Common Core State Standards: Conducting short research projects that build knowledge about a topic; organizing data using concrete objects, pictures, tallies, tables, charts, diagrams and graphs.

2. ‘Buy American’

When he was running for the White House, President Donald Trump said over and over that he wanted to protect American workers and businesses. Now he has signed an executive order that declares “the policy of our government is to aggressively promote and use American-made goods and to ensure that American labor is hired to do the job.” Specifically, the order would tighten rules that award visas to skilled foreign workers and directs the federal government to enforce rules that bar foreign contractors from bidding on federal projects. “We’re going to do everything in our power to make sure more products are stamped with those wonderful words ‘Made in the USA,’” Trump said. President Trump’s executive order to “Buy American, Hire American” seeks to improve the situation for American workers and businesses. It also has drawn criticism from people who think it will not be effective. In the newspaper or online, closely read commentary about the order. Use what you read to write a paragraph or short essay summarizing key points from different commentators.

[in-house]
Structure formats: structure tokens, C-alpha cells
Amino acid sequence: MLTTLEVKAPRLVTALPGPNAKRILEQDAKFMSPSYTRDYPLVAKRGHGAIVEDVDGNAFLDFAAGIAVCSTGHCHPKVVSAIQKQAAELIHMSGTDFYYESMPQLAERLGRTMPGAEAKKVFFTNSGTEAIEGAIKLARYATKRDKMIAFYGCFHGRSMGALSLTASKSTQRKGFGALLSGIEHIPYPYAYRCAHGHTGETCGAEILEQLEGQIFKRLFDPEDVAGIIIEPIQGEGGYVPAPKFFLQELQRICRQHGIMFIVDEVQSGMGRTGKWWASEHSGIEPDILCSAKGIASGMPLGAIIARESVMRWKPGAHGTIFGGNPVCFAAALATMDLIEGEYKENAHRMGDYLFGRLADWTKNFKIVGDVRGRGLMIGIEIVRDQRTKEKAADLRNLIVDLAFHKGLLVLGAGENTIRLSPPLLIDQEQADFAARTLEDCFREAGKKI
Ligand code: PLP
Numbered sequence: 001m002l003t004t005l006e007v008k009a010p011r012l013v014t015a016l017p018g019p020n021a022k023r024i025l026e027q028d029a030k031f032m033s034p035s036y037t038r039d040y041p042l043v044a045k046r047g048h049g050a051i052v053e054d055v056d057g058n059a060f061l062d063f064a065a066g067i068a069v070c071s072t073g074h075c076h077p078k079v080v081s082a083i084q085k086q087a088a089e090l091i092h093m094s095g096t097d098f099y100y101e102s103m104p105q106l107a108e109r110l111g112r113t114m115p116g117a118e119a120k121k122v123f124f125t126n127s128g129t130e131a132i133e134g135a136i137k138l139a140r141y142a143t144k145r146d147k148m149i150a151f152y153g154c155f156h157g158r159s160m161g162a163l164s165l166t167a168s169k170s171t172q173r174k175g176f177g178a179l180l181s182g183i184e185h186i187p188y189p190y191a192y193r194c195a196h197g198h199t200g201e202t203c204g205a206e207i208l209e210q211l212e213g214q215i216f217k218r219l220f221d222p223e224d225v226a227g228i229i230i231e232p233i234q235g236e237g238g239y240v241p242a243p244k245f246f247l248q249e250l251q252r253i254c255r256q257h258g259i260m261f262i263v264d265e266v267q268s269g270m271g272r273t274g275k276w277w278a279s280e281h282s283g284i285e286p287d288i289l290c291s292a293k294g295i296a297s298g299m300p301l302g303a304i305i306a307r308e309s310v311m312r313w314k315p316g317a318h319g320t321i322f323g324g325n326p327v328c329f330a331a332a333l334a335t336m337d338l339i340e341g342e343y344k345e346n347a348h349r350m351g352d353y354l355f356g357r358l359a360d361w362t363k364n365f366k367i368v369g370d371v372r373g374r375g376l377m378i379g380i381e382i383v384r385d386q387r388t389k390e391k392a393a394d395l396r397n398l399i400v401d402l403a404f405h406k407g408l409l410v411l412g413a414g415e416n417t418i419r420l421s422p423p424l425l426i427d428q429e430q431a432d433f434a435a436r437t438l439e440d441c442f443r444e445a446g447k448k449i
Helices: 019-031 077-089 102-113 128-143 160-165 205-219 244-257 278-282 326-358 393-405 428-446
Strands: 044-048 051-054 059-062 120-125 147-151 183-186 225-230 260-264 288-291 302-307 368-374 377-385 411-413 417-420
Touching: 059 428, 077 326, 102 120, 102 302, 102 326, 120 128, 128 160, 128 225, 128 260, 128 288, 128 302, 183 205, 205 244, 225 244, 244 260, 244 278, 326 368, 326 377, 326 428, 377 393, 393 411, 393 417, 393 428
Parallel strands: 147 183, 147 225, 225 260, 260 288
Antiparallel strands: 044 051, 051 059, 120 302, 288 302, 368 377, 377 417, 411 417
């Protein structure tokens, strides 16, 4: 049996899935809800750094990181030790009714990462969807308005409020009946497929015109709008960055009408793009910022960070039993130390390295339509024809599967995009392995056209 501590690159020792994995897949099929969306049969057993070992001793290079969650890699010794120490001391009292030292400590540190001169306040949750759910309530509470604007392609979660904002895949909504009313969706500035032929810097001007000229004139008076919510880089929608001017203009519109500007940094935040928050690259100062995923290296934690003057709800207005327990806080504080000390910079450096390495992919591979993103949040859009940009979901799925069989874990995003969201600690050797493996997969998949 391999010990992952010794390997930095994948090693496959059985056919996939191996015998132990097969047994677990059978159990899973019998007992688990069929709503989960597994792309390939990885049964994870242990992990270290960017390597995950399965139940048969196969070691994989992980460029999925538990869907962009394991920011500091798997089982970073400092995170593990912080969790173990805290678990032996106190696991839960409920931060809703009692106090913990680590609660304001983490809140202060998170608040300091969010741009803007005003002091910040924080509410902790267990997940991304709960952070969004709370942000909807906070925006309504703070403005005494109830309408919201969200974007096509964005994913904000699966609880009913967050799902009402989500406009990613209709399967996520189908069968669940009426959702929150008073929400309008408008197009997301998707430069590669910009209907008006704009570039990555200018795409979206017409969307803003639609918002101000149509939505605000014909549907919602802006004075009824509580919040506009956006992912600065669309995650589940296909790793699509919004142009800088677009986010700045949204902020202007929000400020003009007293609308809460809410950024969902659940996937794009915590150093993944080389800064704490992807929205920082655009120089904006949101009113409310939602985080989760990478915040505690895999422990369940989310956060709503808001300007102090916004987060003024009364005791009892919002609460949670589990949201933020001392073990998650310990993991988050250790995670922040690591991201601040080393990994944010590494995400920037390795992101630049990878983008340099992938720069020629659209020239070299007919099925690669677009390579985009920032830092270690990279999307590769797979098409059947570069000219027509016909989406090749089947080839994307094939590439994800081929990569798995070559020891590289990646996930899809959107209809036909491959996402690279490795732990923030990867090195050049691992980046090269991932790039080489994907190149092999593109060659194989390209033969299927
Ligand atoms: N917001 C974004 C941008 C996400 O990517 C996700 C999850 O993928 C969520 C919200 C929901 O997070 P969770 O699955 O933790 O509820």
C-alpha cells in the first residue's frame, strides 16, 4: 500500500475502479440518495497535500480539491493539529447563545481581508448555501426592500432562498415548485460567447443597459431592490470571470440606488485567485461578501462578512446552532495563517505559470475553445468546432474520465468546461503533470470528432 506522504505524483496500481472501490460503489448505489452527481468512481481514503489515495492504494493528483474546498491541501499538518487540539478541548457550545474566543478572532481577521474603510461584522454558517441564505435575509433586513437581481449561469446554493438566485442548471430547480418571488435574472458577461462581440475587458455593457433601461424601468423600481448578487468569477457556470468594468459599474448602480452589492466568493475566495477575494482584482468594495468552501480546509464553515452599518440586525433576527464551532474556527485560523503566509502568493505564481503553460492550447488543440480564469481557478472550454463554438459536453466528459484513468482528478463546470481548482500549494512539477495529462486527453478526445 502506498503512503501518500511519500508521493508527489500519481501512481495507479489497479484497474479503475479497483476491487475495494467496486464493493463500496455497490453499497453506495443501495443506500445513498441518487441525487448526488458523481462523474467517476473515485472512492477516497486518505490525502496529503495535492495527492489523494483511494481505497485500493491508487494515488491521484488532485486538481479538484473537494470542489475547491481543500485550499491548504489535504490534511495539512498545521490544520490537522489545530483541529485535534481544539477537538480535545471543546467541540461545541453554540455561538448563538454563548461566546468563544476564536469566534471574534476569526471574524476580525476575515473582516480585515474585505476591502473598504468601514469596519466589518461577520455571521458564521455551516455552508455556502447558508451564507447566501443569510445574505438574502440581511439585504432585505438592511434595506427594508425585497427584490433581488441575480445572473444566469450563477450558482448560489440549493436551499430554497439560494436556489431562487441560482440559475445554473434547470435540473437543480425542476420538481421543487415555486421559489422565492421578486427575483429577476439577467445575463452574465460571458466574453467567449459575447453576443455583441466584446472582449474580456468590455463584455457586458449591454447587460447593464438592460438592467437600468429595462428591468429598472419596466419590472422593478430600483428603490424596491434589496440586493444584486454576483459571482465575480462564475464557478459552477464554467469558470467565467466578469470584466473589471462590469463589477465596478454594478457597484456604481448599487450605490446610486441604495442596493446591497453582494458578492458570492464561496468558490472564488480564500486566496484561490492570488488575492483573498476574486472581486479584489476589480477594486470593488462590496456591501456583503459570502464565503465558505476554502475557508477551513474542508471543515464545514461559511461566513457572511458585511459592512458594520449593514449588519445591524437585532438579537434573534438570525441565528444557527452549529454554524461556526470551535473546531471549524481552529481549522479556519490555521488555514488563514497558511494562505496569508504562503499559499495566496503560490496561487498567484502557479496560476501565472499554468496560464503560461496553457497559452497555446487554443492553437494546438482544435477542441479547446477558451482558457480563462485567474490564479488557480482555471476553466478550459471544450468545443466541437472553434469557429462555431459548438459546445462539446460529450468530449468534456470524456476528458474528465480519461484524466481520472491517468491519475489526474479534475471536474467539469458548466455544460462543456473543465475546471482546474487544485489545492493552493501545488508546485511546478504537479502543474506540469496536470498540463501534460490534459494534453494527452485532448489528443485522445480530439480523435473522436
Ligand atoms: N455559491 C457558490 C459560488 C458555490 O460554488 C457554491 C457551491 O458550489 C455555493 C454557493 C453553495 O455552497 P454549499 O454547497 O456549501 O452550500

Common Core State Standards: Writing informative/explanatory texts to examine a topic and convey ideas and information clearly; citing specific textual evidence when writing or speaking to support conclusions

3. A Surprise Election